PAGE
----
Geo Heritage site: Rajgir-Gaya-Barabar and Nagarjuni Hills in Bihar - Songoti | English

Geo Heritage site: Rajgir-Gaya-Barabar and Nagarjuni Hills in Bihar

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The Eastern Indian state of Bihar, known as Magadha erstwhile was once a seat of top dynasties of mediaeval India which ruled the country- be it Mauryas, Guptas, or the Sungas. It depicted the valour of the emperors on the throne, the cultural richness of the region as well as the religious practices followed. Education also flourished during this period. Lot of foreign philanthropists also visited Magadha. One of them Hyuen Tsang mentioned about the oldest university for all occidental studies-Nalanda. Bihar boasts of places with Archeological, Historical and Geological Delights in and around
Rajgir, Gaya, Barabar and Nagarjuni Hills, Gehlaur, Jehanabad belt. The geo tourism transects encompassing the Gaya-Rajgir volcano sedimentary belt and associated magmatic complex is a novel litho stratigraphic package situated on the northern fringe of Chotanagpur Gneissic Complex (CGC).
At the northern face of Rajgir, along with all its antiquities, lies the recently explored volcano sedimentary sequence by GSI which is a hotspot for rare geological features and has been proposed to be preserved as a National Geological Monument. 

and associated assemblages with geological relevance. Pyroclastic rocks and Banded Iron
Formations are added attractions. Apart from these, there are also many Hot springs like Tapovan, Agnikund and Brahmakund near Rajgir which have a geological origin and are a tourist delight The Chariot mark within phyllite has a mythological essence to it with plausible geological
explanation. Excellent exposures of pillow basalt are at Churi, Gulni and Jagannathpur. Preservation of hillock at Churi village- renders it a Geo-archaeological heritage.
 The magmatic suite of rocks comprising Barabar-Nagarjuni Magmatic Complex (BNMC) host
the titaniferous magnetite ore bodies associated with gabbro-anorthosite suite of rocks. The Ghorakatora Lake situated in the picturesque core of antiformal closure of Rajgir fold is another geological spectacle. Surrounded by small hills, the lake looks picturesque and makes for an ideal spot for witnessing the textbook type structural features. Around Rajgir, lies the ruins of Nalanda University, Vishwa Shanti stupa made out of stucco, stone and metals and is already included in the World Heritage Sites which will have immense international relevance. Mauryan sculptures and images in granites and basalt the 80 ft high statue of Lord Buddha and innumerable tales associated with the place are just some of the many attractions. The Barabar and Nagarjuna hills hosting manmade caves are the glorifying examples of medieval architecture and one of its kind in the country. The caves have been fashioned with the finest architecture prevailing during those times and carry antiquities, relics and inscriptions of the rich historical past engraved in the granite rocks of the caves. The rock engravings in Granite at Kauadol are some of the best-preserved arts of those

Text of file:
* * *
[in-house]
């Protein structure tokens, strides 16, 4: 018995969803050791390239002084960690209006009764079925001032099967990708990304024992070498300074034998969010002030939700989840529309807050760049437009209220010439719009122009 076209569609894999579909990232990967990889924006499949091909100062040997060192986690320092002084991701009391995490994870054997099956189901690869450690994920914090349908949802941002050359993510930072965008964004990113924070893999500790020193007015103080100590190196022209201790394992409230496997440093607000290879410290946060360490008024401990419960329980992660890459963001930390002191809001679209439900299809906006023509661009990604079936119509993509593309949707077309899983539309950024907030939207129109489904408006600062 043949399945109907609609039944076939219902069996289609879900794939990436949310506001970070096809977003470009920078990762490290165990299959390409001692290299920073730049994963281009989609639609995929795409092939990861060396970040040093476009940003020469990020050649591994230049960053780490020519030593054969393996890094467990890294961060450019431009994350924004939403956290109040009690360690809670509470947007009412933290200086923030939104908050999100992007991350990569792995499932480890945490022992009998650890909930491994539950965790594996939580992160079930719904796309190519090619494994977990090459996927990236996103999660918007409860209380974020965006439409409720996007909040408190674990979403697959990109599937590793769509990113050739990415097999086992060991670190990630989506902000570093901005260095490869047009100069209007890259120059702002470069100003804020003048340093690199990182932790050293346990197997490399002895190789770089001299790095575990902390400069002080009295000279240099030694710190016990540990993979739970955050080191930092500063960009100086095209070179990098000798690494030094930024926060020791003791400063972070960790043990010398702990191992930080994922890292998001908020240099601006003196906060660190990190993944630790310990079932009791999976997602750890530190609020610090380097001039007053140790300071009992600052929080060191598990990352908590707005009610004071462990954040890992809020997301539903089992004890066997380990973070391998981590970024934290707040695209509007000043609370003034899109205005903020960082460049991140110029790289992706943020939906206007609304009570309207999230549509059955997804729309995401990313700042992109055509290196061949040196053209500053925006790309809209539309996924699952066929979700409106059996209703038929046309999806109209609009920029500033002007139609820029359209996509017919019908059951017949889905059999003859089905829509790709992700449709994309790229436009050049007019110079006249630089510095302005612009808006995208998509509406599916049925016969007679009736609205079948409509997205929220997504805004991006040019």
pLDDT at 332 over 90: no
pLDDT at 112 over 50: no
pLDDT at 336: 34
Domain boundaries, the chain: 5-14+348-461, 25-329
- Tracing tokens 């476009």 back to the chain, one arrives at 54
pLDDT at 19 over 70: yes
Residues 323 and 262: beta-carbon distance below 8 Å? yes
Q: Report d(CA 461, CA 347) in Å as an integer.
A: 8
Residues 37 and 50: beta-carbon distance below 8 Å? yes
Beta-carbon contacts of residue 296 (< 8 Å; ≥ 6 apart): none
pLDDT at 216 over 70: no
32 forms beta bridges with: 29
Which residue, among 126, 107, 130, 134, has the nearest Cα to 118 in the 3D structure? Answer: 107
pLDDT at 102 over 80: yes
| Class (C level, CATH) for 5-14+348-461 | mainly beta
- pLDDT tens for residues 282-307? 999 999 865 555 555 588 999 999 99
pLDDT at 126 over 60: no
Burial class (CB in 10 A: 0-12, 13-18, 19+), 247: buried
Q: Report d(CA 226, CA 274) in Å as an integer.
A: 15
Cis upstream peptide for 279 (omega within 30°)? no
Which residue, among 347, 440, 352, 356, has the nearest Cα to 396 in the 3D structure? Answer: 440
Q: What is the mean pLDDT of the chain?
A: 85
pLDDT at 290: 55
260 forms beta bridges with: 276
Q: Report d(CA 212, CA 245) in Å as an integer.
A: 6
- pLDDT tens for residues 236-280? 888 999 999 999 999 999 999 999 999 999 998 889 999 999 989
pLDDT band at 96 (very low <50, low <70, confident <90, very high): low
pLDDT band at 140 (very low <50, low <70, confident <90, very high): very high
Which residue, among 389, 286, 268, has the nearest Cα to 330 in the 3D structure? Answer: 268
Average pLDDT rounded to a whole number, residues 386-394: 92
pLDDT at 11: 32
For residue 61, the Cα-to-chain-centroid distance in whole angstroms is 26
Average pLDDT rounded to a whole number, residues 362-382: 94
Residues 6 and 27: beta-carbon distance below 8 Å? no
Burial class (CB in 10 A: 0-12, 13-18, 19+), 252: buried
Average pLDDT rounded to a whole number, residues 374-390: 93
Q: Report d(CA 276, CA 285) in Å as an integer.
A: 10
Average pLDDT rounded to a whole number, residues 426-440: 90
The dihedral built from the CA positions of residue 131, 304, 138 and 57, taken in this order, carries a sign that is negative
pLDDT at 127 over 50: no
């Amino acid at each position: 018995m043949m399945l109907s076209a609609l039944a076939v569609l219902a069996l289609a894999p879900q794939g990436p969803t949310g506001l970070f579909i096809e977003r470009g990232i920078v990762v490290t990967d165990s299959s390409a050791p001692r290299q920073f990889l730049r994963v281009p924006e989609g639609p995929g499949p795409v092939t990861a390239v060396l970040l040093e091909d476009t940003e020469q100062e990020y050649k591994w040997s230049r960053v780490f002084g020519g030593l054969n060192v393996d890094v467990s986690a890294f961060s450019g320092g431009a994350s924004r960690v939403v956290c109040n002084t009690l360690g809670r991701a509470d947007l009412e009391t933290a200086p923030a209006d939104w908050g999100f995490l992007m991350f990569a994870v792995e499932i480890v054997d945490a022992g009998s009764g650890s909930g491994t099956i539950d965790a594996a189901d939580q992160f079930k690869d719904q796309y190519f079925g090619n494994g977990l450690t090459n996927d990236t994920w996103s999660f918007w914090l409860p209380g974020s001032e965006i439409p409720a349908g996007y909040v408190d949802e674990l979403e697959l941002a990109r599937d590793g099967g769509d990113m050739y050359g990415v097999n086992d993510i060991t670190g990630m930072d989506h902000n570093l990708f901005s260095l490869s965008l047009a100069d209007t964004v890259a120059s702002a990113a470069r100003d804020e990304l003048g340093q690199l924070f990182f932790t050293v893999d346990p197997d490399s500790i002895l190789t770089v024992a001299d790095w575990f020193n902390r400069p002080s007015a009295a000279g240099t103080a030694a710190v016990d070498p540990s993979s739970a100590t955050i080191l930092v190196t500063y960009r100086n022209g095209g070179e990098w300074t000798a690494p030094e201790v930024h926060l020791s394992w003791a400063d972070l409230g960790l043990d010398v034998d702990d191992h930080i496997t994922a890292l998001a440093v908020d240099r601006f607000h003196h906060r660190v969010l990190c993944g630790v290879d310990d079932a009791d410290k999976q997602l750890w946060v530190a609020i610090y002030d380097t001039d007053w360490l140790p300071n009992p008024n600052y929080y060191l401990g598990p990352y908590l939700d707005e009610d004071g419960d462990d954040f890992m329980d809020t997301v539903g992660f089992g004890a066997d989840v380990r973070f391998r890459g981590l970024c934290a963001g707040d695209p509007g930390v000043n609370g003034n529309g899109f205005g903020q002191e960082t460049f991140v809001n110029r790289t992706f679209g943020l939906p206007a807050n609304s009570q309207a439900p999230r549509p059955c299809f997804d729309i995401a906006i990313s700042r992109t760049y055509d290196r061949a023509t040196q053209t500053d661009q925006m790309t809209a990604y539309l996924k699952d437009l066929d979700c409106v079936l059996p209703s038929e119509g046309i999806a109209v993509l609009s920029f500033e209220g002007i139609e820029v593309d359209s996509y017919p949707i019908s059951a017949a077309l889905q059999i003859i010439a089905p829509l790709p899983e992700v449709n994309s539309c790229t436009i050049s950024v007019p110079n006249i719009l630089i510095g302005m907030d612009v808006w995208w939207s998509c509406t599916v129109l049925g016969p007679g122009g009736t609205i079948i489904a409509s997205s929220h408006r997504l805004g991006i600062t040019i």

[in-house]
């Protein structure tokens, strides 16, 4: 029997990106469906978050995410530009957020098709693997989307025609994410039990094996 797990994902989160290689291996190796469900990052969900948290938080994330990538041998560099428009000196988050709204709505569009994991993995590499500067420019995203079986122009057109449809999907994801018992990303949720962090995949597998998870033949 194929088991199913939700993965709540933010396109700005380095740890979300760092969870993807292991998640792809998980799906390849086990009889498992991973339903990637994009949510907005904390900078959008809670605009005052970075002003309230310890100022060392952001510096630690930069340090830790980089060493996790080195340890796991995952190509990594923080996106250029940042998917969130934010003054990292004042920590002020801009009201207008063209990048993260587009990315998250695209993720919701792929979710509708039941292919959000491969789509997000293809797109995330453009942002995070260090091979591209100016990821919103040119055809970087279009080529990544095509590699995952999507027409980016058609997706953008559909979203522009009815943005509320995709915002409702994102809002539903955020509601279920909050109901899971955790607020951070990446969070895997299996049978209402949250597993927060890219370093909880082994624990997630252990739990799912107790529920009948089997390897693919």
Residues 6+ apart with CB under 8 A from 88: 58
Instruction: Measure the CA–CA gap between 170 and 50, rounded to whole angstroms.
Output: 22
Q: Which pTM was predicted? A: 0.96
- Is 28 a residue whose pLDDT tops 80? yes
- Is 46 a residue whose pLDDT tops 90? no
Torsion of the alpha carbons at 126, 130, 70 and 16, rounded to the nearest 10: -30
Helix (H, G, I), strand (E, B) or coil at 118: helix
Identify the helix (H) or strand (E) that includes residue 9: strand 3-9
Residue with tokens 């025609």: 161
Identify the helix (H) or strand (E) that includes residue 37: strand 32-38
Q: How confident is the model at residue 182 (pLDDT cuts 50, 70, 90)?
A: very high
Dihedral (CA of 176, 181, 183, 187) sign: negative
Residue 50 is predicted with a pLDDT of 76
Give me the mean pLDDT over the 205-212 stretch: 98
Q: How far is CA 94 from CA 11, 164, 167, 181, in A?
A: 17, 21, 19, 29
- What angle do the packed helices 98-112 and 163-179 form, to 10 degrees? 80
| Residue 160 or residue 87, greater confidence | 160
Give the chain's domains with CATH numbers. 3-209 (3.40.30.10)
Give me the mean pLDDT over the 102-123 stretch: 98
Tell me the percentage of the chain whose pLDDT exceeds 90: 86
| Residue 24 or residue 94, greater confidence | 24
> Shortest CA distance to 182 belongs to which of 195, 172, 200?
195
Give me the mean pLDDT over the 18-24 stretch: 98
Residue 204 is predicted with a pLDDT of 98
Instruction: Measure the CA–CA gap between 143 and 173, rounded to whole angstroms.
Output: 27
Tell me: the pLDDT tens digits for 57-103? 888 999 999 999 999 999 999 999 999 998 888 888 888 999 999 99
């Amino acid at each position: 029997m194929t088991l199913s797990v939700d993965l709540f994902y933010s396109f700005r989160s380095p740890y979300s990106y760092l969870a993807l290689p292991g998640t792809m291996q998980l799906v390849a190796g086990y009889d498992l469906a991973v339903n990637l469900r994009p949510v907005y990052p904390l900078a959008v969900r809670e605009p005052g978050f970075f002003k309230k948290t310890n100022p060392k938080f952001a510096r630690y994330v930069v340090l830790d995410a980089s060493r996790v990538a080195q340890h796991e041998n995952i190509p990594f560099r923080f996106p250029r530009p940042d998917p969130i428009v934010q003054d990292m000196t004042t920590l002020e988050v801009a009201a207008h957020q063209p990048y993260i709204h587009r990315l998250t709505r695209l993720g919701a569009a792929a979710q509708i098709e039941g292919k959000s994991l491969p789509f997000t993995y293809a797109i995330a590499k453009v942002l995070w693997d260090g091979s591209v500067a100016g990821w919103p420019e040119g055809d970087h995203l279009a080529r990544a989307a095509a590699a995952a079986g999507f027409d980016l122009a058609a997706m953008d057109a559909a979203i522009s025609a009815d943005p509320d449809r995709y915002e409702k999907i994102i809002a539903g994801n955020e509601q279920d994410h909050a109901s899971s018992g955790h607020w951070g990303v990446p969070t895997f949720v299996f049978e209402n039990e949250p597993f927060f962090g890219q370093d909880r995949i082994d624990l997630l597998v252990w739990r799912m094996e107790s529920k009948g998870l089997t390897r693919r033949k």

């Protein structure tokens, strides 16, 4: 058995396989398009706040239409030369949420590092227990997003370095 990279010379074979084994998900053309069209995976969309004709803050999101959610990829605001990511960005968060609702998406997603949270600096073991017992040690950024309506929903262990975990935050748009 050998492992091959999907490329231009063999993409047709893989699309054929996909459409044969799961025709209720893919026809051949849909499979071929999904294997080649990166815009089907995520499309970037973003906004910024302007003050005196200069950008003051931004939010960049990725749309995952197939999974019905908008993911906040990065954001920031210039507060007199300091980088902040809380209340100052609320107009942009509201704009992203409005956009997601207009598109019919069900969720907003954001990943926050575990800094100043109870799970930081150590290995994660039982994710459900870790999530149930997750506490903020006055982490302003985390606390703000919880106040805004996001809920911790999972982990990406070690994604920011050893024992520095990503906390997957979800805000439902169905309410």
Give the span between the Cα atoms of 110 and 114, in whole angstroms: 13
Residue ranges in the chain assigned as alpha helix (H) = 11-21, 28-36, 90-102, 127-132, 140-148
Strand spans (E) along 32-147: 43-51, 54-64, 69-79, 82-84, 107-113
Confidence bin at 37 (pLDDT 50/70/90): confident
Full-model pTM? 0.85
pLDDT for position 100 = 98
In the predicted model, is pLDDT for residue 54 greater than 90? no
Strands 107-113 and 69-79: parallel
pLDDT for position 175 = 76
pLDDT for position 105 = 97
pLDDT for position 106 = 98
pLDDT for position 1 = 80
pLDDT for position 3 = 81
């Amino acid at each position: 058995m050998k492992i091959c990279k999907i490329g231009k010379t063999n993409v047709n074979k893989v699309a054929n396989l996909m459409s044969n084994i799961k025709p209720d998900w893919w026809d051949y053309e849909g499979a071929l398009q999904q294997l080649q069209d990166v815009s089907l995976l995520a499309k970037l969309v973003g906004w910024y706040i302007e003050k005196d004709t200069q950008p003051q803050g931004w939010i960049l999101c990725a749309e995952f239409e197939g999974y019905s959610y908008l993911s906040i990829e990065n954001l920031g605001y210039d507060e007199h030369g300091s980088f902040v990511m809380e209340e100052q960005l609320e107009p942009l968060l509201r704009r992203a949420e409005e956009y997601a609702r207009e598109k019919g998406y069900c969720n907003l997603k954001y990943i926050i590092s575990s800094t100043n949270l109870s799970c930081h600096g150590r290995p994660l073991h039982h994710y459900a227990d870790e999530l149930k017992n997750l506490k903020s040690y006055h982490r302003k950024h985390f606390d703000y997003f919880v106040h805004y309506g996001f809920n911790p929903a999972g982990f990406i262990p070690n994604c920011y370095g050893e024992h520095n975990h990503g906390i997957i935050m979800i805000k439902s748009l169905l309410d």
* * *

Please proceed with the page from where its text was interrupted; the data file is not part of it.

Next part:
times. The deities, their lifestyle, culture, religion, worship and much more reflect the
sculptor’s brilliance in depicting stories in stones. The transect highlighting “geo-tourism” in
the state of Bihar is a perfect example of how geological ground expressions can be clubbed
with internationally acclaimed archaeological sites.
Rarely one finds a geological finding so suitably placed in the historical domain as this
proposed site. Roughly falling between Gaya, Bodh Gaya and Rajgir, Nalanda, the excursion
area is undoubtedly the hub of tourists from all parts of the country and globe for its historical
and cultural importance. This adds an unparalleled flavour to the site, giving it the well-
deserved aesthetic value and a distinction of an important geo-tourist centre.

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